It’s babies everywhere in the cinemas at the moment. Last week I reviewed the Tina Fey comedy Baby Mama about a middle-aged woman desperate for a child and this week we have a Helen Hunt drama about a middle-aged woman desperate for a baby and even Hellboy is going to be a daddy.
Then She Found Me, Helen Hunt’s debut as writer-director, is a sensitive and well-acted piece of work (and often much funnier than the Fey version). She plays a New York primary school teacher whose adoptive mother dies two days after her husband (Matthew Broderick) leaves her. Like many adopted children, the desire for a blood-relative is what promotes the desire for a child, but that desire is soon swamped by the arrival of the birth mother she never knew (Bette Midler) and a ready-made family led by Colin Firth. Witty and humane, Then She Found Me is set in a New York people actually live in, populated with people who actually live and breathe. I was quite moved by this film, but then maybe I’m just a big sook.
Back in the 1980s, toiling under the yoke of Thatcherite crypto-fascist intolerance, we used to dream of the German Democratic Republic where according to apologists like Billy Bragg, “you can’t get guitar strings but everyone has a job and decent health care.” Now, of course, thanks to films like The Lives of Others, we know that the rulers of East Germany were just fascists with another uniform and that social justice may be important but isn’t the only kind of justice we need in our lives. Mrs Ratcliffe’s Revolution is a low-budget British comedy about a naïve family of Yorkshire communists in 1968 who follow their dreams of a workers’ paradise and emigrate to East Germany only to find the truth very much not to their liking.
There might have been an interesting story here buried under the broad comedy — sometimes it seems like Carry on Communism — but the tone is all wrong and it feels as if it has gone intellectually off the rails. There’s some nice architecture although the filmmakers had to go to Hungary to find it.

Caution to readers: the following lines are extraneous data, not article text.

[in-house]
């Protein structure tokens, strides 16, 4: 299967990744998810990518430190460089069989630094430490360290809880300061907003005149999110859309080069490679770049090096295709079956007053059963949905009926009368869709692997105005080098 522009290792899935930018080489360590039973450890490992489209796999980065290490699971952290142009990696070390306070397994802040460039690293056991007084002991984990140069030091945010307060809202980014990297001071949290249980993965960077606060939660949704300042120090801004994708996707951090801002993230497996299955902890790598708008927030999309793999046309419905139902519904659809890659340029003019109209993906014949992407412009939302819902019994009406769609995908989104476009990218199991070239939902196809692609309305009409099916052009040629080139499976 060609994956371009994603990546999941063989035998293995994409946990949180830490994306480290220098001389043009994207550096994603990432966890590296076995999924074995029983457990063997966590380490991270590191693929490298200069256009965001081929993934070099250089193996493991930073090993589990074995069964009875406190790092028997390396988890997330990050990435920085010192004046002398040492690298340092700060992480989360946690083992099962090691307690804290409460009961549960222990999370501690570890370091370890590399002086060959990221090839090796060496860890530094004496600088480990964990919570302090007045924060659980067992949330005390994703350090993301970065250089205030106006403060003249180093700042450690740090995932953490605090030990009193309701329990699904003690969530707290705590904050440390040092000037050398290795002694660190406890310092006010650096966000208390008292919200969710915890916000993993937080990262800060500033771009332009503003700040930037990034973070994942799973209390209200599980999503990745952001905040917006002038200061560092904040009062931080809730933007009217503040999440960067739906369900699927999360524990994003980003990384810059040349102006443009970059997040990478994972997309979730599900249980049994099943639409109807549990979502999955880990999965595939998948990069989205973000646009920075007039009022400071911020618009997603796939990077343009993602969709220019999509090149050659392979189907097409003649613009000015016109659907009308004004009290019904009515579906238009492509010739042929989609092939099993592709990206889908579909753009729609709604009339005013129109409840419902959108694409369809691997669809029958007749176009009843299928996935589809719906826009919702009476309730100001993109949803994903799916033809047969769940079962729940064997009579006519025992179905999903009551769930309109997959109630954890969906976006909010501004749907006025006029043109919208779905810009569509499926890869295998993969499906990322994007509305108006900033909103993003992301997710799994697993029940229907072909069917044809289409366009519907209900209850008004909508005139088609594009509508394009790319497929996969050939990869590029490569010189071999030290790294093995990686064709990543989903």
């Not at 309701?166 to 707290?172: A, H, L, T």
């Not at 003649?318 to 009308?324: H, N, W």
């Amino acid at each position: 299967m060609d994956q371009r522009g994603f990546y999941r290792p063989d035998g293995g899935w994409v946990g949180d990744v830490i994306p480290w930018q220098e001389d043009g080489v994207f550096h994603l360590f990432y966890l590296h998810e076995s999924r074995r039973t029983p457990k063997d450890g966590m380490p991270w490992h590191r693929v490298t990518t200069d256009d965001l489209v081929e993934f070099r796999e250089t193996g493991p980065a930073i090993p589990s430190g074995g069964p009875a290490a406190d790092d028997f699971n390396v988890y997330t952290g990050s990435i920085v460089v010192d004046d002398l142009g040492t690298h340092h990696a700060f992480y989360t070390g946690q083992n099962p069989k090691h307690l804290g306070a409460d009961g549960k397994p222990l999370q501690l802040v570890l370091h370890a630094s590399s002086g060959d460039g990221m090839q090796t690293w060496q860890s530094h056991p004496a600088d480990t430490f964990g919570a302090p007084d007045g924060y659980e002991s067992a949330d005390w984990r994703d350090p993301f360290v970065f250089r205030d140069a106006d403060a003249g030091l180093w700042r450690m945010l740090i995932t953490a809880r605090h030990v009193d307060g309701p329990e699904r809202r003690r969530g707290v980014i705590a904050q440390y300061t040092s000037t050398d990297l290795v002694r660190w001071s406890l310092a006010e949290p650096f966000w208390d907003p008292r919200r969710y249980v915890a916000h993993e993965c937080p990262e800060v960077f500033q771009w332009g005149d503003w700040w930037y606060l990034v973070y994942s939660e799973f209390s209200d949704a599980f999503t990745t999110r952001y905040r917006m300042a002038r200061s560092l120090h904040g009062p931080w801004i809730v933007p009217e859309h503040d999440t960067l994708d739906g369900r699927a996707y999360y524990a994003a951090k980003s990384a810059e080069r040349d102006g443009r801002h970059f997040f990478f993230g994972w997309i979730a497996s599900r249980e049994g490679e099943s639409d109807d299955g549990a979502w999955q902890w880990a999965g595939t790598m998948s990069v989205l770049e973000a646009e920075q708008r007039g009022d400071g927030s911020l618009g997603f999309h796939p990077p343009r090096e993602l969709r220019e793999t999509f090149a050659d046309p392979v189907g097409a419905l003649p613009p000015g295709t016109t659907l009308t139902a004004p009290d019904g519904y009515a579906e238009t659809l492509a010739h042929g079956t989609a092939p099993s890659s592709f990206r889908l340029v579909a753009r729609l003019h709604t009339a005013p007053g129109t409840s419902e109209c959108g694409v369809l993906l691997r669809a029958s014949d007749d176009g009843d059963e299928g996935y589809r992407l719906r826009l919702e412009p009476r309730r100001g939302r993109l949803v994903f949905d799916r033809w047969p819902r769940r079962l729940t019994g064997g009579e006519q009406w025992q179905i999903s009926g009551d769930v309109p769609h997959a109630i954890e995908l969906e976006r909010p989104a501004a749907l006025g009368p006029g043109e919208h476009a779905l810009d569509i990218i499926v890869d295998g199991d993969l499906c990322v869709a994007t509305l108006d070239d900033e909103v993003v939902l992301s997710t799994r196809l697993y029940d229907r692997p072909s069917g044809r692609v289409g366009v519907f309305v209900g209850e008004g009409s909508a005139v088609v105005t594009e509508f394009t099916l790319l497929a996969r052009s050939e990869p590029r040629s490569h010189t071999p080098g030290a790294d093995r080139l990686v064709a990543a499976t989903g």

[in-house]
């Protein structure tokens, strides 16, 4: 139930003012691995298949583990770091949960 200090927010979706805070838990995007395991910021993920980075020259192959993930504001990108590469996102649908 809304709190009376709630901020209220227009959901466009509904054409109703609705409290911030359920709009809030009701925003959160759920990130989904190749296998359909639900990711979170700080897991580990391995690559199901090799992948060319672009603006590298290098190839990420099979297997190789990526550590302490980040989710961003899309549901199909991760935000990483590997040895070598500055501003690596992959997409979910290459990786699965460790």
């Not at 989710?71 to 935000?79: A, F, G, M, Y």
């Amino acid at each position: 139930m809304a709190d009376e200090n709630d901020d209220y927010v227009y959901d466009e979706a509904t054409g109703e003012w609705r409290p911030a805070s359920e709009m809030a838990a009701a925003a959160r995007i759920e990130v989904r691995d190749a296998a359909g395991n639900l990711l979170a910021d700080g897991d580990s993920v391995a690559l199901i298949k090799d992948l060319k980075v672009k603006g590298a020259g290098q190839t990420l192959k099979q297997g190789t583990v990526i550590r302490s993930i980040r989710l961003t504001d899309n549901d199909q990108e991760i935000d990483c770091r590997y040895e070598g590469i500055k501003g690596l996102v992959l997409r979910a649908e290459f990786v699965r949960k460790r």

Sometimes, when you go to the movies, you get the perfect match of film to mood. Not often, but sometimes. Last Friday night, after a week where the ambient stress level at work had amped up yet again, I needed to see something that didn’t require anything of me except my presence and I got it with Hellboy II: The Golden Army. Featuring lots of bright shiny things to keep my attention, lots of loud noises to keep me awake and not much in the way of story to worry about, I enjoyed myself a lot but don’t remember very much. Except noting that, unlike The Dark Knight’s Christopher Nolan, director Guillermo Del Toro (Pan’s Labyrinth and the forthcoming Hobbit duo-logy) shoots fight scenes so you can follow what’s going on.
The Paramount’s eclectic (if not schizophrenic) programming policy throws up some odd combinations. The presence of the hideous, animated, Bible-story The Ten Commandments is simply inexplicable while Spanish shocker [REC] is perfect Paramount fodder. And at the same time, Danny Mulheron’s loving home-made documentary about his grandfather, The Third Richard, is getting a well-deserved brief season. The Ten Commandments barely belongs in the $5 DVD bargain-bin (or as a free gift when you sign up with your local evangelicals). It’s a sign of how our culture has changed that in the 50s we got Charlton Heston bringing the tablets down from the mountain, and now we get Christian Slater. And what to make of the subtle re-writing of the commandments themselves: Thou Shalt Not Murder gives you a little more wiggle-room in the killing department than the old-fashioned Thou Shalt Not Kill. Reprehensible.
One is either in to zombie movies or one isn’t, and if one is one will be very happy with [REC]. Set in a Barcelona apartment building where a fly-on-the-wall tv crew are following fire-fighters on an emergency call, [REC] at one point managed to make me jump three times in less than a second — that’s not easy.
The story of Richard Fuchs, architect and composer, emigré and grandfather, is very well told by Danny Mulheron and Sara Stretton. Based around a “rehabilitation” concert in Karlsruhe, last year, where Fuchs’ music was played in public for the first time since his escape to New Zealand in 1939, the film has some stylistic choices that I might not have made but the heart and intelligence of the filmmmakers shine through. It’s a Wellington story, too, and you should see it if you can.
Printed in Wellington’s Capital Times on Wednesday 3 September, 2008.
Notes on screening conditions: Mrs Ratcliffe’s Revolution was interrupted twice by the house lights (a Sunday morning screening in Penthouse 2, still suffering from the annoying screen flicker caused by incorrect shutter timing and the hot spot in the centre of the screen). And I had to go down and close the door at the start of the film. At [REC] quite a few of us were sat in the Brooks (Paramount) amidst the bottles, empty glasses and general rubbish from a whole day’s screenings.